By the time we finished our meal, night had fallen, the streets were deserted, and Jonadab had relaxed and even laughed at a few of my not-so-funny jokes. In the middle of one of his loud guffaws, I pulled out my knife, laid it on the table, and leaned over closer to him. “It is said that you were the mastermind behind my sister’s disgrace.”
He blanched, and I feared he might lose the meal I had just bought him all over the wooden table. Fortunately for him he didn’t as I would have been sorely tempted to make him eat his vomit if he had.
“No, Absalom,” he finally managed to get out. “That is, it is not what you think or what people are saying. I never expected Amnon to hurt Tamar. I knew he loved her. I thought he respected her! I did encourage him to speak with your father. I thought he would ask to marry her. I couldn’t believe it when he grabbed her like that, and then when he threw her out . . .”
He stopped, his eyes pleading, while I continued to look at him coolly. Inside, I felt anything but cool. It was all I could do not to grab him by his neck and choke those words out of him. Though I remained determined to get my revenge, I did not need the scene described to me. It would be enough to know who to blame.
“I know well enough the sins of Amnon; it is you I want to hear about now. Did you do anything to defend my sister and her honor? Or did you sit idly by? Or perhaps you were the one who threw her out and bolted the door?”
Even with only a flickering oil lamp on our table, I could see Jonadab’s face turn from a scarlet red to an ash gray. It amused me to see a face turn so many different shades. I hadn’t realized this was possible.
He reached for his wine cup, but it was empty as was our wine skin. “Sorry, Jonadab,” I said affably, though not sorry at all, of course. “But we seem to be out of wine. Why don’t you just answer my questions, and we can both go home?”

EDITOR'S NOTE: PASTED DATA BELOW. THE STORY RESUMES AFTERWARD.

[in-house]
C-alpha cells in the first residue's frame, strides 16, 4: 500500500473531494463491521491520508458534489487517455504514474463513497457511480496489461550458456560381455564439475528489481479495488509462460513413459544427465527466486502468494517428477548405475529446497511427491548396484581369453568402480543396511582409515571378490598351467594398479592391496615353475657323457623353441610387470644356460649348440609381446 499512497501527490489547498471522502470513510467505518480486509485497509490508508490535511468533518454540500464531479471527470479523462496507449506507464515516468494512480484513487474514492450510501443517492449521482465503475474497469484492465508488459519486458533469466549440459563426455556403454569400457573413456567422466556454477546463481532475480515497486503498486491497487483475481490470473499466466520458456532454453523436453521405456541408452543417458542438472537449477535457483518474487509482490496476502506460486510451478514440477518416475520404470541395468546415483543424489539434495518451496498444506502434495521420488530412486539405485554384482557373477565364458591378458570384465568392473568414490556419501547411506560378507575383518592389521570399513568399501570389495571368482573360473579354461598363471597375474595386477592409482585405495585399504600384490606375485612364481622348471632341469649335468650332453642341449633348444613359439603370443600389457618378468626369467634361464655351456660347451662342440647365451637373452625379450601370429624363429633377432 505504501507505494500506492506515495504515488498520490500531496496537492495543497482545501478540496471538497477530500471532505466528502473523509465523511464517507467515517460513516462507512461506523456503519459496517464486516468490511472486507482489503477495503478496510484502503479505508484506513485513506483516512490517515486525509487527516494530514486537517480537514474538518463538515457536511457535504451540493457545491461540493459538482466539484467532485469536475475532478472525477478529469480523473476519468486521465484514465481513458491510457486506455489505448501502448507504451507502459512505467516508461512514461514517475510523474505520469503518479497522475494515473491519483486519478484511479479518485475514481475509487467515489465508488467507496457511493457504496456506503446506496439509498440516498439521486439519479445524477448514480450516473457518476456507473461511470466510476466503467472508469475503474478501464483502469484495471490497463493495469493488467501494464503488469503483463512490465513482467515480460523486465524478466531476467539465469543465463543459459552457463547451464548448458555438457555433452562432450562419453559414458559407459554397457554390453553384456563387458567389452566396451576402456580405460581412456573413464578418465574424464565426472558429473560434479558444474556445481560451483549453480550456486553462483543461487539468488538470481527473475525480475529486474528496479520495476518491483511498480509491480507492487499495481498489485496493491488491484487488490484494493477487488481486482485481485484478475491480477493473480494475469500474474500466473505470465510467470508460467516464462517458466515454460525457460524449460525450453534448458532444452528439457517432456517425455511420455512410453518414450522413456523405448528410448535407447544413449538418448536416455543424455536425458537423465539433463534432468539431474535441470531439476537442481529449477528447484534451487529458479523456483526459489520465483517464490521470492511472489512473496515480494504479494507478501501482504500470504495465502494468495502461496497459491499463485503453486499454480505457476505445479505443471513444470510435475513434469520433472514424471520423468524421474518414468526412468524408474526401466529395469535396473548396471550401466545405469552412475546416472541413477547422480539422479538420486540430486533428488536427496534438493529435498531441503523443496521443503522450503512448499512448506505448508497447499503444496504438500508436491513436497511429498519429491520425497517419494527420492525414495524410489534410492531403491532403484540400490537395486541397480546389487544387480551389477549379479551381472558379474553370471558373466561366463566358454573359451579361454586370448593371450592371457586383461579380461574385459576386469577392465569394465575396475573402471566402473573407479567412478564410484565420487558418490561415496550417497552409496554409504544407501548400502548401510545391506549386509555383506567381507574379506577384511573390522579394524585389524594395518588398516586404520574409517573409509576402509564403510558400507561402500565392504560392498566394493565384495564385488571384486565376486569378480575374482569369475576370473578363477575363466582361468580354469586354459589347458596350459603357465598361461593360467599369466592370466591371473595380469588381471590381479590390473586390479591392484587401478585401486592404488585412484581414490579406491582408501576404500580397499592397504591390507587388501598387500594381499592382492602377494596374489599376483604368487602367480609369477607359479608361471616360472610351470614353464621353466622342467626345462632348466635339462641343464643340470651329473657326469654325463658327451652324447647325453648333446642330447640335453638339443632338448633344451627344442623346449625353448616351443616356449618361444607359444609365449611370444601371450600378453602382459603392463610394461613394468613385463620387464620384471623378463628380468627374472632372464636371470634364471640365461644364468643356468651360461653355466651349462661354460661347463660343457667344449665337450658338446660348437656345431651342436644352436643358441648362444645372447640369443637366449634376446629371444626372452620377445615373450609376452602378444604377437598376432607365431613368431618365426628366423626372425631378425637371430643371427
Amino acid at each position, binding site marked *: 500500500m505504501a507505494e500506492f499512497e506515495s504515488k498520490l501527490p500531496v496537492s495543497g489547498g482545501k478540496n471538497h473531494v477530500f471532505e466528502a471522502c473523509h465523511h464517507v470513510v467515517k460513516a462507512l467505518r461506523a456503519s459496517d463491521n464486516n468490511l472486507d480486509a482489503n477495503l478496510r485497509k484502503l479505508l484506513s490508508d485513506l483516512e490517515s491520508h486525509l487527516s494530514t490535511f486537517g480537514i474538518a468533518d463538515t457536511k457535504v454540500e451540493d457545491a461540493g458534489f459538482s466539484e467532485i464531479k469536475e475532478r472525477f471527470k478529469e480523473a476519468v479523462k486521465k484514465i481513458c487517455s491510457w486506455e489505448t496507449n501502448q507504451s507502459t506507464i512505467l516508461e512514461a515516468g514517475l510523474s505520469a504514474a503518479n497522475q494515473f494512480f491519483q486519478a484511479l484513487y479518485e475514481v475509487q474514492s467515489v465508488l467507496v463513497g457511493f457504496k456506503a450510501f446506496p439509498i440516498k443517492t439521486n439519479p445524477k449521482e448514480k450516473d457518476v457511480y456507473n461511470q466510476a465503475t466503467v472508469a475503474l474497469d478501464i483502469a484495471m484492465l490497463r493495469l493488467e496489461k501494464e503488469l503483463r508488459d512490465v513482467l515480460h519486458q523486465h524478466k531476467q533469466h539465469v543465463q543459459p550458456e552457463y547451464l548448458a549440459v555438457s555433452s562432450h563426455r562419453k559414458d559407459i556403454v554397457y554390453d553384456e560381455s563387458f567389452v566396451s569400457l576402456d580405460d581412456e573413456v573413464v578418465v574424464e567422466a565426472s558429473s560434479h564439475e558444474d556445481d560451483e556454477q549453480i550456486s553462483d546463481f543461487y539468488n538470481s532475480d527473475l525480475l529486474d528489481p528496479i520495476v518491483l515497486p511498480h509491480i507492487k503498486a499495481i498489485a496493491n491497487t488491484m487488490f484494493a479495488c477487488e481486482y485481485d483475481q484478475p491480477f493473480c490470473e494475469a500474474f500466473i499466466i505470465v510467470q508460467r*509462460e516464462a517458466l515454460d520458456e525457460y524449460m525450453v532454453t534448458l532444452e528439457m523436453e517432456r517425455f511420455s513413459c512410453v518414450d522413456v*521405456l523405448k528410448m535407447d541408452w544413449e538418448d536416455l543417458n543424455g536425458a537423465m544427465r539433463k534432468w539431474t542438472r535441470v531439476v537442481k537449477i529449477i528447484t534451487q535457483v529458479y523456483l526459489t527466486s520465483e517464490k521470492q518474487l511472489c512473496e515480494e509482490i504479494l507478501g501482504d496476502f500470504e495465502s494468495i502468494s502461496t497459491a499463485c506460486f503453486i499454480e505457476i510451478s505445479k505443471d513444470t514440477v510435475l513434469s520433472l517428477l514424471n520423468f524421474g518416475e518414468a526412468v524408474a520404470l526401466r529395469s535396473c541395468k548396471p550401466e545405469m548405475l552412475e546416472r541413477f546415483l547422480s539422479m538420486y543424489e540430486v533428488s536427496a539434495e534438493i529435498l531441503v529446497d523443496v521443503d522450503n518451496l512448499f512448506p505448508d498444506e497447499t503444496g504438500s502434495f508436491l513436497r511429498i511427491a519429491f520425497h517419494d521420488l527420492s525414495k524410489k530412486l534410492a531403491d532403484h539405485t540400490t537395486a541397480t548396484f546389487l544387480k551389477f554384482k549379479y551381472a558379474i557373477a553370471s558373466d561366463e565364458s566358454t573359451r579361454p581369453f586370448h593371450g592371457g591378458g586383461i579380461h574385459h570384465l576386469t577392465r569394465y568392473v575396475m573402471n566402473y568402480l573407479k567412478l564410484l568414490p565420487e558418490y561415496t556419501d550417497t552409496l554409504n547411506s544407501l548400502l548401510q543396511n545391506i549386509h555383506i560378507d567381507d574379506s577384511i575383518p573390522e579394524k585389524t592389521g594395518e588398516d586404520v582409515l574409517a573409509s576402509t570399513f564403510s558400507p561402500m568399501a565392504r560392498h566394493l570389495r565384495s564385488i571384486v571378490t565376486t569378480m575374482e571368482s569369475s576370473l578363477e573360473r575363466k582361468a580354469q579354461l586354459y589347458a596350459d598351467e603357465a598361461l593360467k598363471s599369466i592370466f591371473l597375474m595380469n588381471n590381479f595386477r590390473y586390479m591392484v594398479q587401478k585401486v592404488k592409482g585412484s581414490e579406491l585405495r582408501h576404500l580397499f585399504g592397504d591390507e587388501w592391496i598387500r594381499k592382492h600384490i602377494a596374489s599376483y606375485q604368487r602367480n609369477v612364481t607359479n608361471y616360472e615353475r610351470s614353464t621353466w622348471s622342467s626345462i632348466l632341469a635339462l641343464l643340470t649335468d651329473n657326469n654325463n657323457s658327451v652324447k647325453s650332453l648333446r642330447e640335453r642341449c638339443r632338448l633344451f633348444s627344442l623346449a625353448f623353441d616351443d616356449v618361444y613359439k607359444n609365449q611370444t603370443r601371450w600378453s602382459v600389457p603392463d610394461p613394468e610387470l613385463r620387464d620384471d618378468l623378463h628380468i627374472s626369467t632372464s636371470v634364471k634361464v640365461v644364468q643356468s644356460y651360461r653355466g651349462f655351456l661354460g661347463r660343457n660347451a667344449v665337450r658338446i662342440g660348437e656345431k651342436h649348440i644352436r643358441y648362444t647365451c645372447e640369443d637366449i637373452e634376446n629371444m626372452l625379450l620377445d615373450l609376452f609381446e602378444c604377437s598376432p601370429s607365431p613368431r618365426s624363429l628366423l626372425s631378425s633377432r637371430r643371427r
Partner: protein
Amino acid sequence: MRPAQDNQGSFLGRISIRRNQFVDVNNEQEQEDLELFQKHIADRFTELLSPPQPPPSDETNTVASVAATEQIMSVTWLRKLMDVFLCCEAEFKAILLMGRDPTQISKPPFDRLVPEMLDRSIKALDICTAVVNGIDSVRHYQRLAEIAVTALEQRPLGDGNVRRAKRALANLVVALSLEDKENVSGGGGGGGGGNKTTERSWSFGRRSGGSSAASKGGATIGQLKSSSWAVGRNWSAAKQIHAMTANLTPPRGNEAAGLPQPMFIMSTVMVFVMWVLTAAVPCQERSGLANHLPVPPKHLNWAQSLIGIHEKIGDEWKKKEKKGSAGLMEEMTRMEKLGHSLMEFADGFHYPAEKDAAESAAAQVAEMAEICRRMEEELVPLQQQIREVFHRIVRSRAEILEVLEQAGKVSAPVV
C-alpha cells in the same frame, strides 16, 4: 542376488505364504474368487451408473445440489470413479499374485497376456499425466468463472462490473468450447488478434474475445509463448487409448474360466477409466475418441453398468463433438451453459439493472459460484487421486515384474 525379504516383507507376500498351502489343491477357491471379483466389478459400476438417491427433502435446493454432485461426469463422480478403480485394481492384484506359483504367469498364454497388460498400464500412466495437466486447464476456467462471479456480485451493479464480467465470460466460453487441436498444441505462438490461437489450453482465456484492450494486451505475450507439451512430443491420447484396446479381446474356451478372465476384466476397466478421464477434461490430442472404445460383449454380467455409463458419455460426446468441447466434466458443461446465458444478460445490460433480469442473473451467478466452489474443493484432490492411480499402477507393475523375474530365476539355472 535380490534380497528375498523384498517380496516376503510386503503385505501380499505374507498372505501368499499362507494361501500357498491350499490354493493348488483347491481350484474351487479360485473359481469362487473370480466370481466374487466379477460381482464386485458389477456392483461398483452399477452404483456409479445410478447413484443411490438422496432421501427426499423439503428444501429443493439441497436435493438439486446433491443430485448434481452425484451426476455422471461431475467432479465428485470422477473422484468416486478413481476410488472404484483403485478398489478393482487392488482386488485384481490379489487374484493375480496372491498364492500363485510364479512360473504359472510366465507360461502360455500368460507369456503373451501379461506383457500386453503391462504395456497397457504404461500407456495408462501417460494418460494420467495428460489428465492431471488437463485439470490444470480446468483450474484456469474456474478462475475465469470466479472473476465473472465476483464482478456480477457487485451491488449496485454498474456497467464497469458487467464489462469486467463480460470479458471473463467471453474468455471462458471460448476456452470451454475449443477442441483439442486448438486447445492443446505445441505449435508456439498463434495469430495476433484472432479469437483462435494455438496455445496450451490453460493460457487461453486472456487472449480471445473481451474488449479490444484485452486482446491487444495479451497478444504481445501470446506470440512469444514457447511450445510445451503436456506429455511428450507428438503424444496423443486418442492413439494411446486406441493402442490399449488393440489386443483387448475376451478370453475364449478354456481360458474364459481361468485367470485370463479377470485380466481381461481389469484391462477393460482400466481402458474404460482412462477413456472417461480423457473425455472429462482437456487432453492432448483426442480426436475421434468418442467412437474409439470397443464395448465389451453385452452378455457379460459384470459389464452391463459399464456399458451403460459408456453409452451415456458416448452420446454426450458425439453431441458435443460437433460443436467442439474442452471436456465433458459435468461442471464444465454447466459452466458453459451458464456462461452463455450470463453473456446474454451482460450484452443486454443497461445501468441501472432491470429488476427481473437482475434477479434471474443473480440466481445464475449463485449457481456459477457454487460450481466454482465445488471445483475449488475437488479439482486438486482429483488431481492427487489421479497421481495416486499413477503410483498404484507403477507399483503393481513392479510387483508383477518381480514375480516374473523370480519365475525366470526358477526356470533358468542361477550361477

“It was his servants who threw her out and bolted the door, though Amnon commanded them to. I . . .”
“Did nothing. As I thought.” I picked up my knife and moved it back and forth so the flame would reflect in its blade, then lightly touched my thumb to the blade as if testing its sharpness, though Jonadab well knew I kept my knives and swords sharpened at all times. Then I slammed the blade into the table and leaned towards Jonadab, so close I could hear his rapid breathing and smell his fear-soaked sweat.
“You did nothing,” I whispered, “and I should kill you right now for that alone. However, . . .” I stopped and sat back, giving him time to catch his breath and consider.
Eyes wide, he said, “I’ll do whatever you want, Absalom. I can help you take your revenge on Amnon. He still trusts me. Truly, I’m one of the few people he still trusts.”
I smiled with no attempt to look pleasant now. “More fool him, it would seem. Very well, you shall have a chance to redeem yourself, but you must do everything I say.”
Jonadab nodded so eagerly, I was minded of a dog I had once seen groveling for his Hittite master.
I jerked my knife out of the table and leaned towards him again. “You’ll be hearing from me soon–and, in the meantime, don’t even think of going outside the walls of Jerusalem.” And I left him there, sitting in the darkness.